From RIL to Sony: What we know about the big Zee-Invesco fight so far


NEW DELHI: Zee Entertainment has been embroiled in an ugly legal fight with its largest foreign investor Invesco, after the latter called for the removal of the television station’s chief executive, Punit Goenka, citing concerns about the entity’s corporate governance and financial performance.
Goenka is the son of the billionaire Subhash Chandra who built Zee’s television empire from scratch. Invesco wants to reform Zee’s board of directors, but Zee has challenged the restructuring attempt in court, claiming that the US investor is trying to take over the broadcaster. Zee has also started merger talks with Sony Pictures Networks India, but Invesco has raised concerns about the proposed $ 1.6 billion acquisition in a case of foreign shareholder activism.
And two days before Monday, Invesco, the largest shareholder with an 18 percent stake, in a letter to shareholders said the terms of the Sony-Zee merger revealed last month appeared to favor the group’s founding family, which owns only 4 percent. of share capital, at the expense of other investors.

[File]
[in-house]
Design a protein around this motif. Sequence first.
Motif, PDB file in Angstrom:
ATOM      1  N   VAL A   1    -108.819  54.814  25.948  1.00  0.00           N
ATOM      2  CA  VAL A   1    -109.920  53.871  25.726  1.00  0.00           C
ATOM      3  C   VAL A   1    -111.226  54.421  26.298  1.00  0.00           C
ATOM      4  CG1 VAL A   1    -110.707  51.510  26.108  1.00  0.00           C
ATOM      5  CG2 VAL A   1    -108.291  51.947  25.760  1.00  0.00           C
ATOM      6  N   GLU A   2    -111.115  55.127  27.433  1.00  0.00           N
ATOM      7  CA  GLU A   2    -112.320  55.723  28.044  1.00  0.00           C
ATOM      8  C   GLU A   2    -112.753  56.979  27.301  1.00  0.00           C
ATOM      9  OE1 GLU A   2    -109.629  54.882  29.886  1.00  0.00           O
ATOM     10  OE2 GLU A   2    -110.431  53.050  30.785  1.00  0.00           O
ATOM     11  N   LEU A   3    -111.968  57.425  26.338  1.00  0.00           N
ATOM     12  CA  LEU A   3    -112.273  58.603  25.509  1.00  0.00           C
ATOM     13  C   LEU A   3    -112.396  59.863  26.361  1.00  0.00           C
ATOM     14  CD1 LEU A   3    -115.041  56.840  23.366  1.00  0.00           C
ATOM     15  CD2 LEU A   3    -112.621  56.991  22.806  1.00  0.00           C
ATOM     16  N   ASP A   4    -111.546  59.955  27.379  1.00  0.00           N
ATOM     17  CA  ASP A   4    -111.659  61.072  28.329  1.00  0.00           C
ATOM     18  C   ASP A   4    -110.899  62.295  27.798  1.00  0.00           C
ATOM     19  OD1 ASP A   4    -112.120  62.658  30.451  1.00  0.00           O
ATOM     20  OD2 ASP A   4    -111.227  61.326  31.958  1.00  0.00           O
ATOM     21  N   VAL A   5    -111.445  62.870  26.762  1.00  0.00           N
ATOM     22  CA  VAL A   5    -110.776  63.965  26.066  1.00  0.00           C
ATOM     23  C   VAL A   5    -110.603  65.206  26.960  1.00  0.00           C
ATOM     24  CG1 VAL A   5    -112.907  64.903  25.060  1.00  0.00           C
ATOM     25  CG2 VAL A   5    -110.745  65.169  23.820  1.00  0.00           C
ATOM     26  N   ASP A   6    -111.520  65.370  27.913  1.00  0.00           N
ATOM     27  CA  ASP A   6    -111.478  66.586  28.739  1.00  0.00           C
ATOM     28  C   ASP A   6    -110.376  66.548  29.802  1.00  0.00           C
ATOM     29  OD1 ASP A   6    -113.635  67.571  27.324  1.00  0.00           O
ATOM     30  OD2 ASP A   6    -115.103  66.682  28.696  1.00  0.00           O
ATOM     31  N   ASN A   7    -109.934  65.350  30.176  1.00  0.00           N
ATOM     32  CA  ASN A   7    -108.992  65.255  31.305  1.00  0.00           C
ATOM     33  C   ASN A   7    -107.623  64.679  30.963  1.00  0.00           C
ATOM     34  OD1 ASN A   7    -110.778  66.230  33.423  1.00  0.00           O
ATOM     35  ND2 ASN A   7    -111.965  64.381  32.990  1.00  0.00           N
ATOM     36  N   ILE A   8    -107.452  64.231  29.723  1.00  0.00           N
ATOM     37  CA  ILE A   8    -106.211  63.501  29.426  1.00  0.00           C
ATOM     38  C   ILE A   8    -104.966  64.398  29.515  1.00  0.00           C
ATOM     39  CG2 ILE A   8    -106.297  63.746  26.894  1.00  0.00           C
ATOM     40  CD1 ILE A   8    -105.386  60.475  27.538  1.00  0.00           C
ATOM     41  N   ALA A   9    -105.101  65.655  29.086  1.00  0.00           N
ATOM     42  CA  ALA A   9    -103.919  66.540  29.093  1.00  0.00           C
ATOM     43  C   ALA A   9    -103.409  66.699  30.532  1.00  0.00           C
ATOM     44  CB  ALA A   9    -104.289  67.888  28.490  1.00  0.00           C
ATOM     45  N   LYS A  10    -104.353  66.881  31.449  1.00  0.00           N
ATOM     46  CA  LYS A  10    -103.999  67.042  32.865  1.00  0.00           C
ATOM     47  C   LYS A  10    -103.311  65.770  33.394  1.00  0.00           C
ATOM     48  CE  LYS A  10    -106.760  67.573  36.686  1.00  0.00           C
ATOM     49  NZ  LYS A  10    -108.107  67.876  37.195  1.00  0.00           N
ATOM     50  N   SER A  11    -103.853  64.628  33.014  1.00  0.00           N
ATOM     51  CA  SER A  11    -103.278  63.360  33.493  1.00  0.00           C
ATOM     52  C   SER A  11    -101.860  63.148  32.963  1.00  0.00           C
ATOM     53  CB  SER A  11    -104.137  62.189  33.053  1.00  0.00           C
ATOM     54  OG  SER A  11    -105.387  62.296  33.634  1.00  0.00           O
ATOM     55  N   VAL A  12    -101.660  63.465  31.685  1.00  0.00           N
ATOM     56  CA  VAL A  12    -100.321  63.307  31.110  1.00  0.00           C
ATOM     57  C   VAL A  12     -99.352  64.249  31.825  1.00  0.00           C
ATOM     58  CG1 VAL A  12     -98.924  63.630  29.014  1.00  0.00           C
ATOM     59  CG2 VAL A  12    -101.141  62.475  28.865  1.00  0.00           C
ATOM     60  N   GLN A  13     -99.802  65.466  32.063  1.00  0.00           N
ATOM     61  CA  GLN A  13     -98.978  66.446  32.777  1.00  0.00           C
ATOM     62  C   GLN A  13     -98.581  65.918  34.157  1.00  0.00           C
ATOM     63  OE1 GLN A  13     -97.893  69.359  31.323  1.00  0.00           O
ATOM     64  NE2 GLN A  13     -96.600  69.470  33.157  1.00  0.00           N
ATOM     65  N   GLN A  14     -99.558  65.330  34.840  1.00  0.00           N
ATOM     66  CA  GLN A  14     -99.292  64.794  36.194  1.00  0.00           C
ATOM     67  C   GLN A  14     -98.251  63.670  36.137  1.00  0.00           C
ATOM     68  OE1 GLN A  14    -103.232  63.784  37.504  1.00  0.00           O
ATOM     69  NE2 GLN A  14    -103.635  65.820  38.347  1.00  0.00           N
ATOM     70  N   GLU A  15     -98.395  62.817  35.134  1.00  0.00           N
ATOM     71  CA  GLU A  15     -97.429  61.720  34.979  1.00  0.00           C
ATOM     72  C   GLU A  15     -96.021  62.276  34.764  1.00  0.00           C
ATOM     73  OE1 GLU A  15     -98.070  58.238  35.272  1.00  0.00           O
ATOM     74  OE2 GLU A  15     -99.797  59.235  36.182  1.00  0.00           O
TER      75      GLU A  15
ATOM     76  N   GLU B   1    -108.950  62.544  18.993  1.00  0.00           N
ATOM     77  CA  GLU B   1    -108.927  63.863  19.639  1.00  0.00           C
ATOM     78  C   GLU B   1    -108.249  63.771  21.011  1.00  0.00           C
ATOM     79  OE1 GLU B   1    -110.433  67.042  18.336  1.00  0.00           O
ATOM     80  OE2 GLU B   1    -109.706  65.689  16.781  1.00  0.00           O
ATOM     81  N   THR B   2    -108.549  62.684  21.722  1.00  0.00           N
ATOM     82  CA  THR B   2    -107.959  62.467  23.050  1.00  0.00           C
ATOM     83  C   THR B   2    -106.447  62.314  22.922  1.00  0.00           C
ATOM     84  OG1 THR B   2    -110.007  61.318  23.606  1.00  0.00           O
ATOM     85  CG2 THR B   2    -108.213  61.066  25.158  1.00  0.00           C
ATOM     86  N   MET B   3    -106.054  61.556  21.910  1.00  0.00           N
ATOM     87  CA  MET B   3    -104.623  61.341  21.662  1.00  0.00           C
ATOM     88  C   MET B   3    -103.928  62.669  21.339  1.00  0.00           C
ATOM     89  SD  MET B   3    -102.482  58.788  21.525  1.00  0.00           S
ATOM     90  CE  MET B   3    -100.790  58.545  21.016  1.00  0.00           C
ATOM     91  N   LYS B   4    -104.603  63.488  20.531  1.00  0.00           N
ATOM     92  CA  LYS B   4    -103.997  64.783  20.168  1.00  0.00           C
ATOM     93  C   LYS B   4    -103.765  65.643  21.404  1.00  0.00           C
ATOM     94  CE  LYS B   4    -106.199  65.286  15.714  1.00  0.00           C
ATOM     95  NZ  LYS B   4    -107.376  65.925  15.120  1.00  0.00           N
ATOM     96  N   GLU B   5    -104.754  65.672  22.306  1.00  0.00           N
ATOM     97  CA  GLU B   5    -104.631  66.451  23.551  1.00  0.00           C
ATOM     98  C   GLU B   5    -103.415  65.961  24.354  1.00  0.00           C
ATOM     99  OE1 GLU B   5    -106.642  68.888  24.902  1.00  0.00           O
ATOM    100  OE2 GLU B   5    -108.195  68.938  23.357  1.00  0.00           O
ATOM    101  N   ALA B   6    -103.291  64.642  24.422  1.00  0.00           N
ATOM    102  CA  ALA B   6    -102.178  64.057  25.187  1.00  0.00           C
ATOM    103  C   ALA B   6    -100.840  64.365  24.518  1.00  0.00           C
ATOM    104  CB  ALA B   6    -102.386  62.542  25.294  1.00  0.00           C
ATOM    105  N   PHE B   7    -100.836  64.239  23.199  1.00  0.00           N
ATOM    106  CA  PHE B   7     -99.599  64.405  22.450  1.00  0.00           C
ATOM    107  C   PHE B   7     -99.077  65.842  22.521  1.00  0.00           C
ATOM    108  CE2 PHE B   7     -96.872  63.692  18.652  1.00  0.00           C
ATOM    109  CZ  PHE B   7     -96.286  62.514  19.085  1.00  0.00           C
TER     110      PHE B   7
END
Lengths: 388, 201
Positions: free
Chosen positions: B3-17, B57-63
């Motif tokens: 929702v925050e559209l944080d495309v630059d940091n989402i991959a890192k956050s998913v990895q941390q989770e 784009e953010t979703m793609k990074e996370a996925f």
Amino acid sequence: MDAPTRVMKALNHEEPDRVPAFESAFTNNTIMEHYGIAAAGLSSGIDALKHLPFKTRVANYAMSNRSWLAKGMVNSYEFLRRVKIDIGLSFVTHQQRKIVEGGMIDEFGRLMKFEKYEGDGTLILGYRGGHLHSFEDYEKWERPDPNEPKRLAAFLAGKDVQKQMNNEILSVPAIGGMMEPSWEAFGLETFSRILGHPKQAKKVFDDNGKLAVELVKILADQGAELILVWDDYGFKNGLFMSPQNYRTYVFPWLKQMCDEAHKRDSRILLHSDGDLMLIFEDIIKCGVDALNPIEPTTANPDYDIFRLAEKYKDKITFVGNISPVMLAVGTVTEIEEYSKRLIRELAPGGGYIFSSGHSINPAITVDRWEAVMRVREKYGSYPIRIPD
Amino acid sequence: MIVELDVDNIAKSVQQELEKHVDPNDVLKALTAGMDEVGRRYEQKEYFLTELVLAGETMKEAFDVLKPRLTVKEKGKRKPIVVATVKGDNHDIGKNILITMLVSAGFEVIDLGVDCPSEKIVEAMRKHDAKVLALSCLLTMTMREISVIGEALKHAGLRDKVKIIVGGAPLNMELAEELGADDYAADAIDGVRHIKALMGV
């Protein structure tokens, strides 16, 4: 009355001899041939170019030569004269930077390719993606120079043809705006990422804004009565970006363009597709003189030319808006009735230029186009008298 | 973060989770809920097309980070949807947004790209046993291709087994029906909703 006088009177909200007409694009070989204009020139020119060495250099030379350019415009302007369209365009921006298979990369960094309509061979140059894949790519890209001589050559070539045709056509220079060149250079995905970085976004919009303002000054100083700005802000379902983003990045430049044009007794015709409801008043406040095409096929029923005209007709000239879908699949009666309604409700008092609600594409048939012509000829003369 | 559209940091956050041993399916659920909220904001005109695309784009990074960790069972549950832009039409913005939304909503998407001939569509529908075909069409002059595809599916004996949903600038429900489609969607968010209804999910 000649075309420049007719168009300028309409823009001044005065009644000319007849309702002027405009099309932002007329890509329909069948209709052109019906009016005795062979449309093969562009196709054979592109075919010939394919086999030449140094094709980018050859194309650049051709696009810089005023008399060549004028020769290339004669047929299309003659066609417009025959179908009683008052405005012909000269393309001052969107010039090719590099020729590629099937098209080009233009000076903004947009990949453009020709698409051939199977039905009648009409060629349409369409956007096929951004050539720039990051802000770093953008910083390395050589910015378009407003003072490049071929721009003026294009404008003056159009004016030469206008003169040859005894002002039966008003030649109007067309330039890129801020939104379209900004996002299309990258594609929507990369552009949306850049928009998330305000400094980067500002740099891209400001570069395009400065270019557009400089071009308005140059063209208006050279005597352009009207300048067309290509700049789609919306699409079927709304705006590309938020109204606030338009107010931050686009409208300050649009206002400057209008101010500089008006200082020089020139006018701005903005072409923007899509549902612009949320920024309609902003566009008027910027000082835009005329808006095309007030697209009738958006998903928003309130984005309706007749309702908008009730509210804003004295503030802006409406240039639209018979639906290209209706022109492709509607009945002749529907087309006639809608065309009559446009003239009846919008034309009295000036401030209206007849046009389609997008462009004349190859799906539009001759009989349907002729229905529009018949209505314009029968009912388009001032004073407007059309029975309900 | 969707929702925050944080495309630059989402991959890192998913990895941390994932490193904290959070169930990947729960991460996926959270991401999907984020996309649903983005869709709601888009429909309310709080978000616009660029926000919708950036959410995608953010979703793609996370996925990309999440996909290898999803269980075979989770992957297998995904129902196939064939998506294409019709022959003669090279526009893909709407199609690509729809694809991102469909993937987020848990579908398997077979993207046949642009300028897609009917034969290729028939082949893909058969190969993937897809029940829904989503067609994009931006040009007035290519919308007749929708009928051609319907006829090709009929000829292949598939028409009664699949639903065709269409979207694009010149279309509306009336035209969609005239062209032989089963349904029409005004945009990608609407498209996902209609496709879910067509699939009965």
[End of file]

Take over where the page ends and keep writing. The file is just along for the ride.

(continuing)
To understand this context, let’s go back to the beginning:
Subhash Chandra had founded and owned the majority of Zee Entertainment through the Essel Group in 1992. Zee TV It is the second largest media company in India and operates 79 channels with an audience of 1.3 billion. But things went awry in 2018 when Chandra made big bets on infrastructure. Even as Zee was minting money, its parent company, Essel, was betting big on the infrastructure landscape, borrowing large sums to fund troubled extravagant projects. But the big loans were made by offering Zee’s shares as collateral. Chandra at the time controlled a 41% stake in Zee Entertainment Enterprise, but put half of its shares in the block to fund this infrastructure dream.
After the sudden collapse of IL&FS Group in 2018, a large infrastructure financier, the credit markets froze for Chandra and he was left with the accumulation of bad loans amounting to Rs 13,000 crore. When Essel Group defaulted, some lenders began selling Zee shares. The share price was hit and plummeted 30%. So not only did media stocks take a beating, but the collateral’s value began to fall.